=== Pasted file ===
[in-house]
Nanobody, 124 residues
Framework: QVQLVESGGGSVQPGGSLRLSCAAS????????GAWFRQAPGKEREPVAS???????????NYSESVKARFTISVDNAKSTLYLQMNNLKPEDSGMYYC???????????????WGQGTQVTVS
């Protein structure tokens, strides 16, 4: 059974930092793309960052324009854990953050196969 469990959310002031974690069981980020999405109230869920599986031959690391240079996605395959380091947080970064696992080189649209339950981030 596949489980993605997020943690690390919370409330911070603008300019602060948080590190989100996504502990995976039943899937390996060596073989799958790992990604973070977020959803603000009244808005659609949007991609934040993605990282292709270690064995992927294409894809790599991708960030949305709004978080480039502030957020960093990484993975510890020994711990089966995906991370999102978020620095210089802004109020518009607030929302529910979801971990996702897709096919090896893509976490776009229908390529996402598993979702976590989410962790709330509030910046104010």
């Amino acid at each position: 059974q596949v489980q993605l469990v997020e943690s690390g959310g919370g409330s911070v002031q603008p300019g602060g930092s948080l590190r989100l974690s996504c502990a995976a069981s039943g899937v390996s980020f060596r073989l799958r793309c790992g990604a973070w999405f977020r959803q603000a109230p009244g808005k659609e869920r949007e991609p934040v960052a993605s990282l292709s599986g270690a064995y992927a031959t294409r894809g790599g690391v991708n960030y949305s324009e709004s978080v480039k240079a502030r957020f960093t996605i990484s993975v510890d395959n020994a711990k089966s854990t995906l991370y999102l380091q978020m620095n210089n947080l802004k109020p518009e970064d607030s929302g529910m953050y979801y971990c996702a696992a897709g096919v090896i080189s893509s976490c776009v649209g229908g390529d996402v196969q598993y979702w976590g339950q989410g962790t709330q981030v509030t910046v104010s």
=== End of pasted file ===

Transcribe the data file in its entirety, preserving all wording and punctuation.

[in-house]
Nanobody, 124 residues
Framework: QVQLVESGGGSVQPGGSLRLSCAAS????????GAWFRQAPGKEREPVAS???????????NYSESVKARFTISVDNAKSTLYLQMNNLKPEDSGMYYC???????????????WGQGTQVTVS
């Protein structure tokens, strides 16, 4: 059974930092793309960052324009854990953050196969 469990959310002031974690069981980020999405109230869920599986031959690391240079996605395959380091947080970064696992080189649209339950981030 596949489980993605997020943690690390919370409330911070603008300019602060948080590190989100996504502990995976039943899937390996060596073989799958790992990604973070977020959803603000009244808005659609949007991609934040993605990282292709270690064995992927294409894809790599991708960030949305709004978080480039502030957020960093990484993975510890020994711990089966995906991370999102978020620095210089802004109020518009607030929302529910979801971990996702897709096919090896893509976490776009229908390529996402598993979702976590989410962790709330509030910046104010």
């Amino acid at each position: 059974q596949v489980q993605l469990v997020e943690s690390g959310g919370g409330s911070v002031q603008p300019g602060g930092s948080l590190r989100l974690s996504c502990a995976a069981s039943g899937v390996s980020f060596r073989l799958r793309c790992g990604a973070w999405f977020r959803q603000a109230p009244g808005k659609e869920r949007e991609p934040v960052a993605s990282l292709s599986g270690a064995y992927a031959t294409r894809g790599g690391v991708n960030y949305s324009e709004s978080v480039k240079a502030r957020f960093t996605i990484s993975v510890d395959n020994a711990k089966s854990t995906l991370y999102l380091q978020m620095n210089n947080l802004k109020p518009e970064d607030s929302g529910m953050y979801y971990c996702a696992a897709g096919v090896i080189s893509s976490c776009v649209g229908g390529d996402v196969q598993y979702w976590g339950q989410g962790t709330q981030v509030t910046v104010s």